Event is Saturday, June 18, at Lew-Port
by Tiffany Hyman
A birthday is celebrating a life. A birthday is remembering a life. A birthday is a time to reflect in the fight back through life's most difficult times. Celebrate, remember and fight back at Relay For Life in Lewiston.
This year's theme for the 14th annual Relay For Life is celebrating birthdays amongst survivors and caregivers.
"A survivor is defined as anyone who has ever been diagnosed with cancer and a caregiver is anyone who has ever supported or helped a loved one with cancer," said Tami Gabri, director of special events for the American Cancer Society.
"This year, we are combining celebrating a birthday, another year to celebrate someone's life, amongst survivors and caregivers," she said.
Relay For Life is an event that invites families, neighbors and members of the community to join in the celebration of those who have battled cancer, are currently in treatment and those whose lives have been lost. Participants gather together to celebrate, remember and fight back.
"Relay gives people a chance to do something and give back," said Gabri.
Giving back is important. Relay For Life is not only a chance to give back, but also important to help the survivors.
Meet Jack, a happy-go-lucky 9-year-old. In December 2009, when he was just 7, he was diagnosed with acute lymphoblastic leukemia, the most common type of childhood cancer. He is the honorary survivor of the year. Jack started chemotherapy just two days after being diagnosed and after 30 days, he was pronounced in remission.
"My son responded well to remission," said his mother, Dawn Van de Wal.
She explained statistics were in her son's favor of beating cancer. Children under 10 with leukemia have a better survival success rate. Jack entered the "maintenance phase" of treatment in July, and will continue with monthly treatments at Roswell Park and spinal chemotherapy treatments through March 2013 to ensure he is cancer-free.
Van de Wal explained the importance of participating in Relay For Life.
"Cancer affects way too many people," she said. "It takes a financial toll, so the support from the community is really important."
To support survivors like Jack, caregivers play a very important role. Caregivers help people who are battling cancer by supporting them physically and emotionally. This year's honorary caregiver is extraordinary because he is not a direct caregiver, but is proof the support given to those who are battling cancer is the greatest gift. His name is William Sherman and he has been a caregiver for a cancer survivor and one who has lost her life to cancer.
Sherman is optimistic about this year's theme in the Relay - the more we fight, the further we get, the more people will be celebrating their birthdays.
"It shows caregivers they are an important aspect to helping those battling cancer," he said. "Being a caregiver is part of the whole picture."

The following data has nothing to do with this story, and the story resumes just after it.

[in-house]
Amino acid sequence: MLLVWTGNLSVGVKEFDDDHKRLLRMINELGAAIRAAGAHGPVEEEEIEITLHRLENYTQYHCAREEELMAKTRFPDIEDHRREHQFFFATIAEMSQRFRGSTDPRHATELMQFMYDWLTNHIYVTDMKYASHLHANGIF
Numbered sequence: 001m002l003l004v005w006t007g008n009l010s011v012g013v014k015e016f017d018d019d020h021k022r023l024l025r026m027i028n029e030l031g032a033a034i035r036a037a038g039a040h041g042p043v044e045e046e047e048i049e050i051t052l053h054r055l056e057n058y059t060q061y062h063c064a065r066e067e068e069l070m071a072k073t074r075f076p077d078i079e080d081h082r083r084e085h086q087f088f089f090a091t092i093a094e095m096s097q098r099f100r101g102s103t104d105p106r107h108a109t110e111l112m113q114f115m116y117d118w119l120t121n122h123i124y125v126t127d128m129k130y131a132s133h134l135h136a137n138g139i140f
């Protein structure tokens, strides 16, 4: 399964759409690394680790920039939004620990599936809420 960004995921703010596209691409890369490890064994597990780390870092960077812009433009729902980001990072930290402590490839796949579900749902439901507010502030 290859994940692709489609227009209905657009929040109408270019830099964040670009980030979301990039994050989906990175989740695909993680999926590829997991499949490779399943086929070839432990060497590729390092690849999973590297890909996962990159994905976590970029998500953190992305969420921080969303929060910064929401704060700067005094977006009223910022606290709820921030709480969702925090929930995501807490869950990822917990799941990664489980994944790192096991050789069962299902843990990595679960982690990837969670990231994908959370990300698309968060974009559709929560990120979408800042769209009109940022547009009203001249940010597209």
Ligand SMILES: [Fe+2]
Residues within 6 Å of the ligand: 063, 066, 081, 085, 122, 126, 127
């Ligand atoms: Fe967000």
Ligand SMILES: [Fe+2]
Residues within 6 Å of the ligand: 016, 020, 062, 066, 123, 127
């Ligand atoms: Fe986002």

Sherman explained the importance of being there for others. He recently lost his sister to a 10-year battle with the disease. He was there for her physically and emotionally and it helped her to remain positive and cheerful from what was supposed to be only a two-week battle after learning she had cancer.
"I want everyone to know those who participate in the Relay are all caregivers," he said. "It means supporting all who have battled or have died from cancer."
Registration for the Relay begins at 10:30 a.m. and the ceremony starts at noon. The Survivor's Lap marks the beginning of the eventful day. Survivors join together on the Lew-Port High School track to celebrate their victory over cancer. The mission is to create a world with more birthdays. Participants will receive lap necklaces; runners will earn a bead for every lap completed.
After jogging a few laps, take a break with the many treats offered. Along with the famous traveling tacos, a favorite of last year's Relay, pizza, hot dogs, hamburgers and baked goods also will be served.
Children can have fun at the ceremony, too. From 2 to 8 p.m., children are welcomed to participate in the many activities offered. A few include a bounce house, a scavenger hunt, Kan-Jam and a dolphin dash relay.
The caregiver's coffee hour will be held at 3 p.m.
In the mood for good food? Chiavetta's barbecue chicken will be served from 4 to 7 p.m. by the Lew-Port faculty, staff and volunteers on the high school track. The dinner costs $8.50 presale and $9 the day of the event. It includes chicken, salad and a roll. Dinner can be purchased or picked up at the Survivor's Tent or at the drive-up bus shelter in the front of the school. All the proceeds raised will benefit the American Cancer Society.
The fun continues throughout the day. There will also be a bike raffle, a basket raffle, a water balloon toss, a hula-hoop contest and musical chairs.
Remembering the lives lost to cancer is an important part of the Relay. After dusk, the Luminaria Ceremony will honor all whose lives have been touched by the disease. Candles are lit inside bags filled with sand that carry a person's name that has been affected by cancer. Participants will walk a lap around the track in silence.
Fighting back is perhaps the most significant part of the ceremony. The Fight Back Ceremony begins at midnight. Runners will take their final lap around the track to make a commitment to save lives by fighting the disease.
Relay For Life will be held on Saturday, June 18, at the Lewiston-Porter High School track, 4061 Creek Road. The cost is a $10 registration fee.